It’s ironic. The promise of running full browser-based desktop-like applications has nearly been fulfilled using web technologies like AJAX, CSS, .NET, etc. However, it has led to some unintended consequences. Browsers were just not really designed to display and run all of the dynamic pages that are so common today. I would argue that much of the real-time dynamic web apps are based on hacks. The language and tools are just not very standard, robust, or well thought out. Web developers live in a world of incompatible browsers, unknown application environment, vague standards, poor memory management, extensions, etc.
Running a web app as a standalone desktop application doesn’t magically solve all of these issues, but it can help to provide a much nicer user experience. I find the apps are snappier and much more responsive. I’m experiencing that right now as I type this into my WordPress blog posting app. There is probably a lot less battling over application resources, including demands from extensions and I have tons of those. Hell, even tabs have added to the chaos. Running web applications, like gMail, Google Reader, or Facebook like they were standalone applications has some very compelling benefits and is drop-dead simple to do as you will soon see.
Tearing an application away from the browser UI lets it run as its own system process and moves much of the full browser’s overhead crap out of the way. I find that the single processes seem to manage memory better too. I often had Firefox bulging at its seams after keeping it running just overnight. Browser memory management is abysmal and I’m sure sloppy page coding doesn’t help (I’m as guilty as anyone. object=null anyone? ;-). Plus, running a lot of extensions can exacerbate the problem. I suppose it’s not too surprising if you think about all of the junk that goes into a browser; the rendering of the page is almost secondary.
Besides the memory issues, I also found that the typing buffer would ebb and flow causing irritating pausing when I typed even just a few words. I found that this basically disappears when running the pages as desktop apps.
Both Firefox and Chrome have the ability to turn a web page into a standalone application. For Firefox, you need to add the Prism extension. After installing, navigate to the web page. From the Tools menu, choose Convert Website to Application.
A dialog will appear where you can set a few options. The Show navigation bar option will display a toolbar with the basic navigation buttons, plus display the URL. The Show status messages and progress option puts a progress bar at the bottom. The Enable navigation keys option allows keyboard shortcuts for page navigation. The Display in the notification area option just puts an icon in the system tray.
For the most part, I only find the Enable navigation keys option mandatory; the other options just add clutter. When navigation keys are enabled, you can use Alt+Left/Right arrow to navigate backward/forward. Most browsers have a ton of keyboard shortcuts (e.g., Firefox and Chrome). F5 to reload is a good shortcut to remember.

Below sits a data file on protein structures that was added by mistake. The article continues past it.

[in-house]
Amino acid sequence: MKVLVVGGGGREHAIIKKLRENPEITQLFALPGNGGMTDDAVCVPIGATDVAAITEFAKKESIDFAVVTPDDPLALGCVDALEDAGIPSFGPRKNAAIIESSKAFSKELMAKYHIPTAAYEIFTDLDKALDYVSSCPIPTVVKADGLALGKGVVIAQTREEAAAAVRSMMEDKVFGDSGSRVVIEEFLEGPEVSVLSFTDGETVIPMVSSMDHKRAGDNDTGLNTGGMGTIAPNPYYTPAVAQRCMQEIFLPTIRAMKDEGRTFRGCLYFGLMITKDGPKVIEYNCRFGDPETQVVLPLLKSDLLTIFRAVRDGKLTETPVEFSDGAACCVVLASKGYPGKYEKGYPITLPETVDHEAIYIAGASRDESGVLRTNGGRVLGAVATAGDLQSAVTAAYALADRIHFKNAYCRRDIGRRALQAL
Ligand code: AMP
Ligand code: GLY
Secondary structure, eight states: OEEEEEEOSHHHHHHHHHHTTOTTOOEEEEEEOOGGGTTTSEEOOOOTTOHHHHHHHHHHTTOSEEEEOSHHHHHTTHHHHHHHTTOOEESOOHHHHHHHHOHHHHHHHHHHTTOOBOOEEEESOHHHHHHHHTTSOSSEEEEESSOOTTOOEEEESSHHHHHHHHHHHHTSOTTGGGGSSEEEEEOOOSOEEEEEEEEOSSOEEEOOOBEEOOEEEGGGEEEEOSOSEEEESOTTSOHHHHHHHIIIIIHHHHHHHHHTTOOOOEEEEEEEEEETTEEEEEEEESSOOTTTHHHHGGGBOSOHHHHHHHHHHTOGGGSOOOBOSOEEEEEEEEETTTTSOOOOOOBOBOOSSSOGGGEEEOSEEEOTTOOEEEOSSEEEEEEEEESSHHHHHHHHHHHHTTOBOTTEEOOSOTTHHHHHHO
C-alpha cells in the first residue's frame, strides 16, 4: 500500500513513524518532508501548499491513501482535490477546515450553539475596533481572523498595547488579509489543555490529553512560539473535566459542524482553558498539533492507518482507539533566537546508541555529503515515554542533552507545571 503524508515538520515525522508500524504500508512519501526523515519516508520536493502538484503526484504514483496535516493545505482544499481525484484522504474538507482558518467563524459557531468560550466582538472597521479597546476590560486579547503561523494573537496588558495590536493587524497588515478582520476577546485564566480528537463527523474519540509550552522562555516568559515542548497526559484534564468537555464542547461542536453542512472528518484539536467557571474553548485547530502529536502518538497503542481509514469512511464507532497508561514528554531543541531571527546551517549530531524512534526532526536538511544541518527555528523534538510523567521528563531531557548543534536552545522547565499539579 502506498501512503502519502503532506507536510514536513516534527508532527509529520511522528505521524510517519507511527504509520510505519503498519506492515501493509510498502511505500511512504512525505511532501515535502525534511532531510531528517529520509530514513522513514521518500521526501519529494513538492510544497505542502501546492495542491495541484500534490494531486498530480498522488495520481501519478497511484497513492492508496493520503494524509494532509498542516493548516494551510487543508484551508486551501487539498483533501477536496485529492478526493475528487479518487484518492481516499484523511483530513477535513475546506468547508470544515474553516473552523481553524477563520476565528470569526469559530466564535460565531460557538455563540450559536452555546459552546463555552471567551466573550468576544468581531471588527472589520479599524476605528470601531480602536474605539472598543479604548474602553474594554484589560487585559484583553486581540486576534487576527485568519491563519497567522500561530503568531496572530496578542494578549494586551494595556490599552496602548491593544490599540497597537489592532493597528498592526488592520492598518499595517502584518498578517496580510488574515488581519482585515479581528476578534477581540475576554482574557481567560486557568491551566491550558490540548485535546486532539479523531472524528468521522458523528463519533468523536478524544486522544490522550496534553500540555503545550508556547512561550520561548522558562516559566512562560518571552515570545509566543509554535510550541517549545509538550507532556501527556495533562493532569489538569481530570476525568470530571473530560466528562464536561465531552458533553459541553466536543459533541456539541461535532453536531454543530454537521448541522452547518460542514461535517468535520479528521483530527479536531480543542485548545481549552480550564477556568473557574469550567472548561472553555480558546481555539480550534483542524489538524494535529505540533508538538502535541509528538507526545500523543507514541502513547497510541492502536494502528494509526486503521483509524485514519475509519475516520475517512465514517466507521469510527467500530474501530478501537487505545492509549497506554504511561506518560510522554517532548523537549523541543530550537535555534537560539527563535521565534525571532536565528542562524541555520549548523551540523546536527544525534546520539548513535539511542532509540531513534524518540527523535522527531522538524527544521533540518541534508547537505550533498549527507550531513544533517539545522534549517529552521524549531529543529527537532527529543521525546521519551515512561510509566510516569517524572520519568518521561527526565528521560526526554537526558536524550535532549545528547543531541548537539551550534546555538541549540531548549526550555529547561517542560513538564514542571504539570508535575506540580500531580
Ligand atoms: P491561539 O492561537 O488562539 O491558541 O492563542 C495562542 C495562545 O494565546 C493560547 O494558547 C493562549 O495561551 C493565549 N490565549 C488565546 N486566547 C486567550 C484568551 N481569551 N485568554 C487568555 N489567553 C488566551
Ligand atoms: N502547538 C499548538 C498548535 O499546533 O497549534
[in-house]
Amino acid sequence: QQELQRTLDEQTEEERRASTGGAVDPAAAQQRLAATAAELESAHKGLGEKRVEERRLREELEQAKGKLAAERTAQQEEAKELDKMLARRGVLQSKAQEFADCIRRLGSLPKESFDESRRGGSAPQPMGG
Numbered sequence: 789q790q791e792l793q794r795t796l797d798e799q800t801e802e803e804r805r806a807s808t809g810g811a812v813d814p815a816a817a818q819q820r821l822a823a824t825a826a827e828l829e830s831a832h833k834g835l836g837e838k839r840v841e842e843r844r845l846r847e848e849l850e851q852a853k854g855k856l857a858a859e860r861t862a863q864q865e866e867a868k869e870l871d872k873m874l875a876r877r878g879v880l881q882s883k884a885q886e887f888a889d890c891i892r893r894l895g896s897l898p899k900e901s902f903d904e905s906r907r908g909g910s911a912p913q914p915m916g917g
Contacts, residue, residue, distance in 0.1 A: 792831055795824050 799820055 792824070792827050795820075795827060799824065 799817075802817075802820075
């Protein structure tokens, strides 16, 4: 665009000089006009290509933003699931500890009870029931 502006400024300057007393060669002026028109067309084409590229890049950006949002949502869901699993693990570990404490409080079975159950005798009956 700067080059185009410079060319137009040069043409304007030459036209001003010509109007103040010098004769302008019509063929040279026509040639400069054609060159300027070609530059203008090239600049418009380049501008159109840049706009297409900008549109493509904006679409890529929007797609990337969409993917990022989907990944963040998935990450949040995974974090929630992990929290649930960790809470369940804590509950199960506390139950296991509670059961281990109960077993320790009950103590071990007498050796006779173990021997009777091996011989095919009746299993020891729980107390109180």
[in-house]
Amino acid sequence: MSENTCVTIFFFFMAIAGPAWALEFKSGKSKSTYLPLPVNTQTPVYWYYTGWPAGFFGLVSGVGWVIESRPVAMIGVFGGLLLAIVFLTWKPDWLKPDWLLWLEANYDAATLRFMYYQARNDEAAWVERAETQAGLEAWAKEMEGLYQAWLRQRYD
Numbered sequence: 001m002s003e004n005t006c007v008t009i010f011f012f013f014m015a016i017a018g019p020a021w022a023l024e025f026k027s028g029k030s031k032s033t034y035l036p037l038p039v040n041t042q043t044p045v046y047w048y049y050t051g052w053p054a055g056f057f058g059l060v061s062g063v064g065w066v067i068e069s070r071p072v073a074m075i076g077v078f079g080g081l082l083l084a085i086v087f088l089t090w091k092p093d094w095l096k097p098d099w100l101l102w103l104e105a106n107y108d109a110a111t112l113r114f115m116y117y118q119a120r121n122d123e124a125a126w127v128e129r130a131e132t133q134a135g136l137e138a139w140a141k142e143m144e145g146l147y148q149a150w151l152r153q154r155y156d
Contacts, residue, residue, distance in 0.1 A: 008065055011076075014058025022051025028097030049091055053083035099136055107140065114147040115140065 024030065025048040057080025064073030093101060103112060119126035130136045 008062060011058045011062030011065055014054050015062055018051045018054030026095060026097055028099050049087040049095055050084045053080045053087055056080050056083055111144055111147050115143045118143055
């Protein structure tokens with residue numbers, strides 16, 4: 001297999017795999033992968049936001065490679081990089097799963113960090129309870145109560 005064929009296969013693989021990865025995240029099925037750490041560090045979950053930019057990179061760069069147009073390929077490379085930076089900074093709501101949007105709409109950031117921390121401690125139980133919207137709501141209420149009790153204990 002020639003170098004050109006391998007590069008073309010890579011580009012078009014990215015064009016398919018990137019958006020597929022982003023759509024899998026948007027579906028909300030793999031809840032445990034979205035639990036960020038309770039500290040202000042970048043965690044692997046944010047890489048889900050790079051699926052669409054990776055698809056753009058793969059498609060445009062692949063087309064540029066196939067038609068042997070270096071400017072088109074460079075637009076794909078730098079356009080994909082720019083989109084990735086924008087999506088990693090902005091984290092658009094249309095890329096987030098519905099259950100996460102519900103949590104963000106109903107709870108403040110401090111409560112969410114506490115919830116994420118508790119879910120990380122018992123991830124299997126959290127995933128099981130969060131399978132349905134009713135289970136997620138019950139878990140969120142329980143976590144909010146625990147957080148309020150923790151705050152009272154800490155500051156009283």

I like to save the shortcut to the Quick Launch Bar, but you can also save to your Desktop and/or Start Menu.
For Chrome, first navigate to the desired page. To the right of the address box there is an icon that looks like a page with a down arrow next to it. Click it and choose Create Application Shortcuts. A dialog will appear where you can set where you want the shortcut placed.
That’s it! As simple as it can get. Of course, you will end up with a lot more items on your taskbar, but you’ll have fewer browser tabs. You also get much more screen real estate since the UI window is barebones and doesn’t have all the clutter of the standard browser. You might miss some of your extensions though, like Flashblock and Adblock. Oh well, ya can’t have everything!
Note that links that open in new windows will open normally in the matching browser (i.e., Firefox or Chrome).
No sign of anything similar for IE, Safari, or Opera, but Mac users should be able to find Prism for Mac.
NOTE: What’s kinda interesting is that you can figure out which pages are the true memory hogs since each runs as a single process. Let the apps run overnight and open up Windows Task Manager to see the real pigs. You’ll need to kill the process and see which window goes away, cuz the process (image) names will all be the same for the same browser engine.
The worst offender? gMail. Note that the increase was pretty small, less than 10MB. A relatively distant second was Facebook. Google Reader was actually pretty good, surprisingly. Full Firefox running without any pages open had the biggest increase. No doubt owing to it’s infamous memory leaks and one or more of my extensions. I’ve heard that Forecastfox is notorious, but hell, that’s why I’ve got 4GB in this baby, right?
“Turning Web Apps into Desktop Programs”, MaximumPC, September 2009
“Prism or Chrome?”, http://www.xul.fr/mozilla/prism-or-chrome.html